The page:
Season Of Fireflies In Japan
While in many cultures, fireflies are gloomy harbingers, in Japan, fireflies or so – called hotaru have big, positive and more significant value. Late May and early June is the season of fireflies in Japan. Their observation named hotaru-gari, followed by a great silence is part of the Japan-long tradition and one of the typical details of Japanese summers.
Fireflies are often associated with Hitodama – legendary thing from Japanese folklore, which is described as a greenish-blue flame floating ball with thin tail, which turns into a thousand black bugs or pieces of coal as touch the ground. Hitodama are actually the souls of the recently dead people who seek their peaceful passage. This is just one of the symbolic that bring fireflies in Hotaru no Haka. In Inuyasha for example, they have a different symbolism and represent passionate love, as is described in Japanese poetry since the 8th century.
Fireflies are gentle creatures whose larvae require clean rivers and rice fields rich with minerals, which mean that their warm light is rare in the urban environment. Today you can observe the lights in Tokyo Shibuya in Fureai Botanical Garden or visit the Center for cultivation of fireflies in Itabashi. There are more reserves and botanical centers and even hotels that offer tourist visits and enjoying at greenhouses where you can look fireflies. It probably would be a good journey for anyone that visiting Japan between May and June.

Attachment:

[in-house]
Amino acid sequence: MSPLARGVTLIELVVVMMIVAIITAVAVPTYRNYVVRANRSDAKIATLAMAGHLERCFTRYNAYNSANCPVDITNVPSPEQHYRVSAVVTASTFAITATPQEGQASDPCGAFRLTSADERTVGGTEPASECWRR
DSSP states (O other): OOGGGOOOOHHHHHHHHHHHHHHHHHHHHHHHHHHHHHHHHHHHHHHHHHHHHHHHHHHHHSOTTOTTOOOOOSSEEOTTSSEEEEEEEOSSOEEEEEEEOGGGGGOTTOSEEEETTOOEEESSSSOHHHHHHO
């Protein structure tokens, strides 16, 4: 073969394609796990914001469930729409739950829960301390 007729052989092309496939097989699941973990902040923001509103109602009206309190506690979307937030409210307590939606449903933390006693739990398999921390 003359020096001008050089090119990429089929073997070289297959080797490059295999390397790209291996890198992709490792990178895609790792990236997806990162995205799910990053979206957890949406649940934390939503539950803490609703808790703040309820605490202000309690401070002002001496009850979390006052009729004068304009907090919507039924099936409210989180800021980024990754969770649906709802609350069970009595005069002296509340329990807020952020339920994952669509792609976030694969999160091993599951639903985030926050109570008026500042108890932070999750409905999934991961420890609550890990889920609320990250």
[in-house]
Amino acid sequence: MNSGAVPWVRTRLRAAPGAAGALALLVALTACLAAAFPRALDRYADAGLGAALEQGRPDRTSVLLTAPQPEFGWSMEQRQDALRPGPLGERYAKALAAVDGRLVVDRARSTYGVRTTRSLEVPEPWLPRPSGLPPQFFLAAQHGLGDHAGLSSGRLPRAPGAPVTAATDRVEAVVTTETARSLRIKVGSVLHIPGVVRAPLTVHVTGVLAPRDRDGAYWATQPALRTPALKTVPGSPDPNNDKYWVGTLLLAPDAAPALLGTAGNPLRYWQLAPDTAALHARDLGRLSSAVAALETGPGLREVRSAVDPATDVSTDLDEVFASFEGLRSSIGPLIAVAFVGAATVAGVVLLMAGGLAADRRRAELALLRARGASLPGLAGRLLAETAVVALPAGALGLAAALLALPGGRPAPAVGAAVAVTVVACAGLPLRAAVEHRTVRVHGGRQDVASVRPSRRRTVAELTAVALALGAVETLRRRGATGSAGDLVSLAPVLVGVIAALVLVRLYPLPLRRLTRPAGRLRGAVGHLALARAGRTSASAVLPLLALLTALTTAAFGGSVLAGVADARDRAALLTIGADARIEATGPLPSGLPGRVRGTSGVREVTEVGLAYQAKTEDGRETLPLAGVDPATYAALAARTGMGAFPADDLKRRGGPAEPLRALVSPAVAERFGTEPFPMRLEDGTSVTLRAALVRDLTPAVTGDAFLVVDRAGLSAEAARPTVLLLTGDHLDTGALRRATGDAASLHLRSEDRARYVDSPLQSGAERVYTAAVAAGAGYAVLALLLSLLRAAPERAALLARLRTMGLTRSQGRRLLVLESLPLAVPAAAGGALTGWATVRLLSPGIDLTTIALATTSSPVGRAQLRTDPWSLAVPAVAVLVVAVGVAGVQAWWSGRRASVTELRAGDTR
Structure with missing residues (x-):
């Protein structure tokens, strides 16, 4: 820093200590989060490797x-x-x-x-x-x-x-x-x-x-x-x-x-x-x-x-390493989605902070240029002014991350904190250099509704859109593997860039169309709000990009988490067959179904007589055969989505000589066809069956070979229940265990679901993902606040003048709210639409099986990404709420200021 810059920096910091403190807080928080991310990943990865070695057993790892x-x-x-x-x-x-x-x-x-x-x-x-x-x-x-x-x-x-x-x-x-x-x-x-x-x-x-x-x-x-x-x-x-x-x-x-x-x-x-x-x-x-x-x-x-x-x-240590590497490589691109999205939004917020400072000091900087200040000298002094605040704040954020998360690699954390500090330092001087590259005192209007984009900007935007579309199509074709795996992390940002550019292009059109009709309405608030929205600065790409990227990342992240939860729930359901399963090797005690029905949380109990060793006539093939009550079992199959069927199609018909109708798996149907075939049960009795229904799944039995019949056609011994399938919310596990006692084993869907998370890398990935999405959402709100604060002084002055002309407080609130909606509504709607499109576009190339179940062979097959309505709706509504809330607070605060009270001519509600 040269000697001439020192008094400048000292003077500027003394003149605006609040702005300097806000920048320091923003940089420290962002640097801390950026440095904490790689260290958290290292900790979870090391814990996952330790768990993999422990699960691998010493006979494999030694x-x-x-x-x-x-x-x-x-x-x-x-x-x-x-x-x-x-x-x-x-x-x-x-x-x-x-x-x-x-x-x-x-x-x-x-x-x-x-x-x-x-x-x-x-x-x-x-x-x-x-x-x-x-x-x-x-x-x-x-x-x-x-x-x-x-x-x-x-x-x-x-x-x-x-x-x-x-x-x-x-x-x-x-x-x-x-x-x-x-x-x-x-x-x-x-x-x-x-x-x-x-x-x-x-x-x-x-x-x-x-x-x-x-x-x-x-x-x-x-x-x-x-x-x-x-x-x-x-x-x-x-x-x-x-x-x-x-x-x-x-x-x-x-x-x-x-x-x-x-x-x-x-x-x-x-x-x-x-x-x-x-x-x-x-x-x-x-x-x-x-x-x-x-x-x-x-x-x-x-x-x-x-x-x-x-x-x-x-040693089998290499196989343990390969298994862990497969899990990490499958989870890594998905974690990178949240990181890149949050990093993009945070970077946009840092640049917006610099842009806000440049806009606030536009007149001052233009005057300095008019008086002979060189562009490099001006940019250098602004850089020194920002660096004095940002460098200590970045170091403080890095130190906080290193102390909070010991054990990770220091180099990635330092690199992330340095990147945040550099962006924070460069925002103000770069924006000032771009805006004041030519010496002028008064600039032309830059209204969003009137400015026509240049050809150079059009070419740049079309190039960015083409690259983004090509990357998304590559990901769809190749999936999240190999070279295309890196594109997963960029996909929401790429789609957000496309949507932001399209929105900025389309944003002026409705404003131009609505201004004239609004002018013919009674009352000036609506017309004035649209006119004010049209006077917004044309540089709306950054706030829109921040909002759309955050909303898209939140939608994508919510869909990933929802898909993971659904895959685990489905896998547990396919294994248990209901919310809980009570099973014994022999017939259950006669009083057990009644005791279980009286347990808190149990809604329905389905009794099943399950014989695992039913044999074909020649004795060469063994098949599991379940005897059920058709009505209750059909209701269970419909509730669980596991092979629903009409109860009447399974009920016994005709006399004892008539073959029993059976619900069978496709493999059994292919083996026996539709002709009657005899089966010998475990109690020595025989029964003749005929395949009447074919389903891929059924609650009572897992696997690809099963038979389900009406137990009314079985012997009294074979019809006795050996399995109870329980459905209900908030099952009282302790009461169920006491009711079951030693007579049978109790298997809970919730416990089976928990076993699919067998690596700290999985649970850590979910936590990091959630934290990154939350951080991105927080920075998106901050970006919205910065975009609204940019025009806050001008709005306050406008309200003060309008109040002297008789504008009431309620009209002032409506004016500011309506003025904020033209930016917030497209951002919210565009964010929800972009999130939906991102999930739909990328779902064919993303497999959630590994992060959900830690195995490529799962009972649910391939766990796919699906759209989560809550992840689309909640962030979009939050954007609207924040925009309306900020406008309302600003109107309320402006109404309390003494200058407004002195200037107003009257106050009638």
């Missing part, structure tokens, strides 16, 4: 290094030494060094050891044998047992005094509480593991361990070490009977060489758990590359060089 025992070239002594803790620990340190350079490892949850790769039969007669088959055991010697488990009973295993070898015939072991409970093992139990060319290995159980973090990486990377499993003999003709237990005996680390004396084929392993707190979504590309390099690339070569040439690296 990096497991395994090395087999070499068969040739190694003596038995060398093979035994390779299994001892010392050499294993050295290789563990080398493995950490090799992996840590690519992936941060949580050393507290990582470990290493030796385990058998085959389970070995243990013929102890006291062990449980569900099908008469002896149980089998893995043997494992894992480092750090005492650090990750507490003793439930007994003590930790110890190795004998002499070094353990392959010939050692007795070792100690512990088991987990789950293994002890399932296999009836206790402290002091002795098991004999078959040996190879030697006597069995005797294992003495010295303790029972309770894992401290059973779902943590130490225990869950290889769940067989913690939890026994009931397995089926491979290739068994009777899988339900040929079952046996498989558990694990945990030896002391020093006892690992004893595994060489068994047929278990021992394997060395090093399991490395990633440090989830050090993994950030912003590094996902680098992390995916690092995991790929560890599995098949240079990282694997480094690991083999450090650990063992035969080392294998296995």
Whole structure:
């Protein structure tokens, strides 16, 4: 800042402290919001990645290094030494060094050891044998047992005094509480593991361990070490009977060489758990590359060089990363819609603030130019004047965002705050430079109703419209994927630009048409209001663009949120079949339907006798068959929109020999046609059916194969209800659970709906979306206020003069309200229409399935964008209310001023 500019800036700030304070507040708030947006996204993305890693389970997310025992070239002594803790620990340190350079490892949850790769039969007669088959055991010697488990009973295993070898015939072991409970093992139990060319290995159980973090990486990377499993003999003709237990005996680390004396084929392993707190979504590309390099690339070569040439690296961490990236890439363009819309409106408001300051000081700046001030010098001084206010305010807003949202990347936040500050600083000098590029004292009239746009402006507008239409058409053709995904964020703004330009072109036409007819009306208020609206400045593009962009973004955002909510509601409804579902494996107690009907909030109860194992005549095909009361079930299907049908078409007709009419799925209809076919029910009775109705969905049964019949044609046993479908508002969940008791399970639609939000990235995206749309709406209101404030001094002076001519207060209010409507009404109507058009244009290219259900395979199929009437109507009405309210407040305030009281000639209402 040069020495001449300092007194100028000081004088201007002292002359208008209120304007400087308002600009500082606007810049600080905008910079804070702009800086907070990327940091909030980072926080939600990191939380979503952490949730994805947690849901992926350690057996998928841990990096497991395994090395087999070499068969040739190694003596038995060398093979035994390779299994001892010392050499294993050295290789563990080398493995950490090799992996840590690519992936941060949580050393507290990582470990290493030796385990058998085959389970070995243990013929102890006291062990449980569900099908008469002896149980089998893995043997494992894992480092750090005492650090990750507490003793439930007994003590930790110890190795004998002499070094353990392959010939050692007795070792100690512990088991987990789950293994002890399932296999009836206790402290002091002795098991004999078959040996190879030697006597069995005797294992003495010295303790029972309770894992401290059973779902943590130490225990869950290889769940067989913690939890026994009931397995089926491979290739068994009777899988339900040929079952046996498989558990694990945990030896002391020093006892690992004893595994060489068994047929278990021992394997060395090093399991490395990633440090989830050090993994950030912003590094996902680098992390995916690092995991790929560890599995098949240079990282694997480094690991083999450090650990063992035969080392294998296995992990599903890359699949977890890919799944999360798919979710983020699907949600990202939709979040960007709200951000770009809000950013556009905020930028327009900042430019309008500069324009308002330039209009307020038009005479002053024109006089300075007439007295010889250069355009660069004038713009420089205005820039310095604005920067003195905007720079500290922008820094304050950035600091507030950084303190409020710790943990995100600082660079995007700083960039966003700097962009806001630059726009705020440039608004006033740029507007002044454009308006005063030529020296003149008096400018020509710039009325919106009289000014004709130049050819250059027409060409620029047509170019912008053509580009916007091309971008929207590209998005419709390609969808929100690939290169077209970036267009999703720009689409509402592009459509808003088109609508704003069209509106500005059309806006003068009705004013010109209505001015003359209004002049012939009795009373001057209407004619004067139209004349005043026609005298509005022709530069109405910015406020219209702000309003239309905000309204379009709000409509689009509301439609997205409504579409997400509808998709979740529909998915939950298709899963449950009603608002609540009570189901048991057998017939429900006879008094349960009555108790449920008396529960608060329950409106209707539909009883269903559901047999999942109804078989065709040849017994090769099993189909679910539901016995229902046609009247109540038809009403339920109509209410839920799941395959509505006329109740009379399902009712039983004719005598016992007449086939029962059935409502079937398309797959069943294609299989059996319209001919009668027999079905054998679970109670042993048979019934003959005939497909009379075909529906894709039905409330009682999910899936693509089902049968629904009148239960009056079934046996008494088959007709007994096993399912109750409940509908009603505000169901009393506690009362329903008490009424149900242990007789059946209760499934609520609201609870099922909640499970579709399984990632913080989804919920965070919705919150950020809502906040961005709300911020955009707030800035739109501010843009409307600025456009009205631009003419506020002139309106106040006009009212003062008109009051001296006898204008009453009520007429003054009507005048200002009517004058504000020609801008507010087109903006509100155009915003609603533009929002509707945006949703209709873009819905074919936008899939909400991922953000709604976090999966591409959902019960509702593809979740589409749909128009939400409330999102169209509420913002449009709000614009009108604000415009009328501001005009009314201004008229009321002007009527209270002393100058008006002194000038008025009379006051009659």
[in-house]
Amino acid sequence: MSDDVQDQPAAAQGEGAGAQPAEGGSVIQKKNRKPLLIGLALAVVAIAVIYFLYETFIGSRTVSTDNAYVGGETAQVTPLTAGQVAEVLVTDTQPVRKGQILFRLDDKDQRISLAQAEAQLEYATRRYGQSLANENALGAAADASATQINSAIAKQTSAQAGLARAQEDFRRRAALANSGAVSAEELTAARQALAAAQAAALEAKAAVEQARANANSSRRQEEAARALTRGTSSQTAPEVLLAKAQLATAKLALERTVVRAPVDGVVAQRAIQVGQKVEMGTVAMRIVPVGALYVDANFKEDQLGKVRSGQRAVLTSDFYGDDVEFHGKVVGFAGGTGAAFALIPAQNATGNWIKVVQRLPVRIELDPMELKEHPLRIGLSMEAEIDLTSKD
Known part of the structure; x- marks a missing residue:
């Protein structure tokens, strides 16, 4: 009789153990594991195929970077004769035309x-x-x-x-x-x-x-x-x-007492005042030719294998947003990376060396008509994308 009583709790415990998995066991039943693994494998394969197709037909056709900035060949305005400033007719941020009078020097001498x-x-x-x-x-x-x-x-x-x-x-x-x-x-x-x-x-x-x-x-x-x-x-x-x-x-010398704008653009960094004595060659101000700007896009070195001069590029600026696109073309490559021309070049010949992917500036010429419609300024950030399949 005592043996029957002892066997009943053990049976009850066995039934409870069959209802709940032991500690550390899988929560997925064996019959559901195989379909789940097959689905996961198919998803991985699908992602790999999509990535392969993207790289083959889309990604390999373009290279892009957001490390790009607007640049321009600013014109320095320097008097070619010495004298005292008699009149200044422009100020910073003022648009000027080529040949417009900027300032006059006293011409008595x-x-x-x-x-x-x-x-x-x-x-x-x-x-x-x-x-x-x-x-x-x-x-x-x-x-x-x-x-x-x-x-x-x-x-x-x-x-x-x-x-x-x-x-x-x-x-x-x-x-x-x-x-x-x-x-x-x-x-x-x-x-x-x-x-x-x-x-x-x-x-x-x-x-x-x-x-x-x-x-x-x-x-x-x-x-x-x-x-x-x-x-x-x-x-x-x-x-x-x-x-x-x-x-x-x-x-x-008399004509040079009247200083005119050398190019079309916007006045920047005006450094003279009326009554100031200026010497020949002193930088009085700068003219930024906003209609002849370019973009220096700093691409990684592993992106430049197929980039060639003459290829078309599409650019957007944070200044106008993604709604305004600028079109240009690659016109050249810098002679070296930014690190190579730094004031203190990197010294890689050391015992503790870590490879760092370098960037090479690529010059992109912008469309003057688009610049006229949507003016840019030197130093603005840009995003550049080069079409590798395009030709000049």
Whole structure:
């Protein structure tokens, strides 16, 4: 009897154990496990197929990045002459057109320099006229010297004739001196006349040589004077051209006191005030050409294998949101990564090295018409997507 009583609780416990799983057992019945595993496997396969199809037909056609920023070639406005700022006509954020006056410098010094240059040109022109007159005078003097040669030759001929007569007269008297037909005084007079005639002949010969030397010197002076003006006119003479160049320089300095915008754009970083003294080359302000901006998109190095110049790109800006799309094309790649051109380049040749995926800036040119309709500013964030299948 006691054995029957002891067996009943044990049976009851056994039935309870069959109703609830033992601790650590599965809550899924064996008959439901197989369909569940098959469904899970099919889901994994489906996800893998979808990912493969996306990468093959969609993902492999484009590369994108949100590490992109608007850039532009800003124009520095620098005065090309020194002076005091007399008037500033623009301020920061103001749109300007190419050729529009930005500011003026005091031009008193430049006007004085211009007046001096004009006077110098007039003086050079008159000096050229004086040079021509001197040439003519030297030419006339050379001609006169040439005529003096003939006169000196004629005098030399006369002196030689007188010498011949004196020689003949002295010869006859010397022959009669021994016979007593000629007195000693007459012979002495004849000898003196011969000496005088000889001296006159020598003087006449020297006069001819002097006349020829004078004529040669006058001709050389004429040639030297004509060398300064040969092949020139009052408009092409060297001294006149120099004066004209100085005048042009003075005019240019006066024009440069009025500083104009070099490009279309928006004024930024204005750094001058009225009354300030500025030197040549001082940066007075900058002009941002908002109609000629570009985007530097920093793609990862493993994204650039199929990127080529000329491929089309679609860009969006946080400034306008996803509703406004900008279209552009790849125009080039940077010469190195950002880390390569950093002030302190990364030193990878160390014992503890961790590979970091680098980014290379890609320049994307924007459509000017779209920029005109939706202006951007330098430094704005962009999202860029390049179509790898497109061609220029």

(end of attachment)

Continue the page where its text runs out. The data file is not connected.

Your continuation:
It is interestingly, that this year, the city of Tokyo performed temporary luminous show in Sumida River as part of Hotaru festival of fireflies. Thousand plastic balls, each of which contains a light blue LED, were released along the river as a dedication of fireflies. The design of the balls was oriented towards environmental protection with LED rechargeable solar light, with such a size that will not allow to be eaten by fish. That was a part of plan in order to be collected again further along the river. The balls were informally called “prayer stars” alluding to the cultural value of the river as a means of peaceful passage of souls.
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